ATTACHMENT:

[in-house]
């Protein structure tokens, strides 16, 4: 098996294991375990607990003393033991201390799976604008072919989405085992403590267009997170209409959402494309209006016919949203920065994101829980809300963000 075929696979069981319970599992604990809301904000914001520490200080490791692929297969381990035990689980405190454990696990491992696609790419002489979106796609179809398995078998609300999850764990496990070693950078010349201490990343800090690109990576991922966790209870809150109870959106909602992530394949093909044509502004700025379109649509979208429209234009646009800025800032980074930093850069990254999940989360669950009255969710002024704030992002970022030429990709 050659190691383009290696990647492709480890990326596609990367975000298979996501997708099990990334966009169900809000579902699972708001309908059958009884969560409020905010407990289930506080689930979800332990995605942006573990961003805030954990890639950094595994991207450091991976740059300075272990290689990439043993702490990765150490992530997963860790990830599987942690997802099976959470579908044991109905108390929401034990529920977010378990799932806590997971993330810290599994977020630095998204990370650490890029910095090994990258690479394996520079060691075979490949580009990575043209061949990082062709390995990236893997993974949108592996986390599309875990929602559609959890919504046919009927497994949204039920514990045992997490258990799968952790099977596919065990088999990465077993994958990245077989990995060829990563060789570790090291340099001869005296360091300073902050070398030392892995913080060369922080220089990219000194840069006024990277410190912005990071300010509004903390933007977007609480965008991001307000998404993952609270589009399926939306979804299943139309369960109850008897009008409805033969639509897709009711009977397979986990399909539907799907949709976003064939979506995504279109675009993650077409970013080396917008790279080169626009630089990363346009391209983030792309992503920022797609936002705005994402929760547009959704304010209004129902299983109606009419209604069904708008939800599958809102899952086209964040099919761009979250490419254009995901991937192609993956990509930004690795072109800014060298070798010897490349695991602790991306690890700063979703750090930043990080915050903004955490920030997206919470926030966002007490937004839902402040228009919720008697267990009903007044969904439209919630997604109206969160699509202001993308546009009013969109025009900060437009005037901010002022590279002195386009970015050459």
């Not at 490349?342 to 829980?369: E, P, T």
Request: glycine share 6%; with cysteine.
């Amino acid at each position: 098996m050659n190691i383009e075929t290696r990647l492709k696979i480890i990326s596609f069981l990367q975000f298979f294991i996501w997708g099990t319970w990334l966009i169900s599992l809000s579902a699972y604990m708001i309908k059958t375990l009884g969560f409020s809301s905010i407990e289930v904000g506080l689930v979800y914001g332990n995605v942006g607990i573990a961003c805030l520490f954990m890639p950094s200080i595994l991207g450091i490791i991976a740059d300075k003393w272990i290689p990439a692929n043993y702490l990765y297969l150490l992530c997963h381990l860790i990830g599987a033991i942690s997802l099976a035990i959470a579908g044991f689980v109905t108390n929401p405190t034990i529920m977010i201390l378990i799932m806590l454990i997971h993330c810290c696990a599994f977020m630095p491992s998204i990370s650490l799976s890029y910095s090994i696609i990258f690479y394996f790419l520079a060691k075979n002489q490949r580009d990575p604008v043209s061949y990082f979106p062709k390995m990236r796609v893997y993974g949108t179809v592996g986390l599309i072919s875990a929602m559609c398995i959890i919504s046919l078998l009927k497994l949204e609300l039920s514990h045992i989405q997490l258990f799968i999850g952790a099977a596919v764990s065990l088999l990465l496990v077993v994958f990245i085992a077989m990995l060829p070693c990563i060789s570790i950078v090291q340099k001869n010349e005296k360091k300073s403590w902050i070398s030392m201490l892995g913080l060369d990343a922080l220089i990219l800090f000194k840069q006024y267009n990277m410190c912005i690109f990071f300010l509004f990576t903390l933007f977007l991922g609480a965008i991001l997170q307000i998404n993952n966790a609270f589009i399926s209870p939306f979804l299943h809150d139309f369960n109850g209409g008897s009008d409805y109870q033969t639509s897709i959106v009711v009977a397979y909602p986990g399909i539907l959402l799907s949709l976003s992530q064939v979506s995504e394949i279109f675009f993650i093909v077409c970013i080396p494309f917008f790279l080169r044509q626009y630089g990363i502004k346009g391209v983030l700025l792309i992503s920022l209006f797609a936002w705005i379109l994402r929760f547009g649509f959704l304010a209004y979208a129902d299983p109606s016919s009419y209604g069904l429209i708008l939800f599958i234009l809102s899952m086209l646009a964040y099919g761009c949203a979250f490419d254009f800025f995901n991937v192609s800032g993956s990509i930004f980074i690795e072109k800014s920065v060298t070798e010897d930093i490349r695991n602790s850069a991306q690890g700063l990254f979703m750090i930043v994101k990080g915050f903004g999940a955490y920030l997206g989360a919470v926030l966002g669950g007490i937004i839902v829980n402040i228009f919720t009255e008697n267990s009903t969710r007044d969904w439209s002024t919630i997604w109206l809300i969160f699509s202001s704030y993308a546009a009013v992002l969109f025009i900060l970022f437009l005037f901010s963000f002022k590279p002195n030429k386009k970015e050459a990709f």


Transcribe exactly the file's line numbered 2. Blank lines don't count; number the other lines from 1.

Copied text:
């Protein structure tokens, strides 16, 4: 098996294991375990607990003393033991201390799976604008072919989405085992403590267009997170209409959402494309209006016919949203920065994101829980809300963000 075929696979069981319970599992604990809301904000914001520490200080490791692929297969381990035990689980405190454990696990491992696609790419002489979106796609179809398995078998609300999850764990496990070693950078010349201490990343800090690109990576991922966790209870809150109870959106909602992530394949093909044509502004700025379109649509979208429209234009646009800025800032980074930093850069990254999940989360669950009255969710002024704030992002970022030429990709 050659190691383009290696990647492709480890990326596609990367975000298979996501997708099990990334966009169900809000579902699972708001309908059958009884969560409020905010407990289930506080689930979800332990995605942006573990961003805030954990890639950094595994991207450091991976740059300075272990290689990439043993702490990765150490992530997963860790990830599987942690997802099976959470579908044991109905108390929401034990529920977010378990799932806590997971993330810290599994977020630095998204990370650490890029910095090994990258690479394996520079060691075979490949580009990575043209061949990082062709390995990236893997993974949108592996986390599309875990929602559609959890919504046919009927497994949204039920514990045992997490258990799968952790099977596919065990088999990465077993994958990245077989990995060829990563060789570790090291340099001869005296360091300073902050070398030392892995913080060369922080220089990219000194840069006024990277410190912005990071300010509004903390933007977007609480965008991001307000998404993952609270589009399926939306979804299943139309369960109850008897009008409805033969639509897709009711009977397979986990399909539907799907949709976003064939979506995504279109675009993650077409970013080396917008790279080169626009630089990363346009391209983030792309992503920022797609936002705005994402929760547009959704304010209004129902299983109606009419209604069904708008939800599958809102899952086209964040099919761009979250490419254009995901991937192609993956990509930004690795072109800014060298070798010897490349695991602790991306690890700063979703750090930043990080915050903004955490920030997206919470926030966002007490937004839902402040228009919720008697267990009903007044969904439209919630997604109206969160699509202001993308546009009013969109025009900060437009005037901010002022590279002195386009970015050459």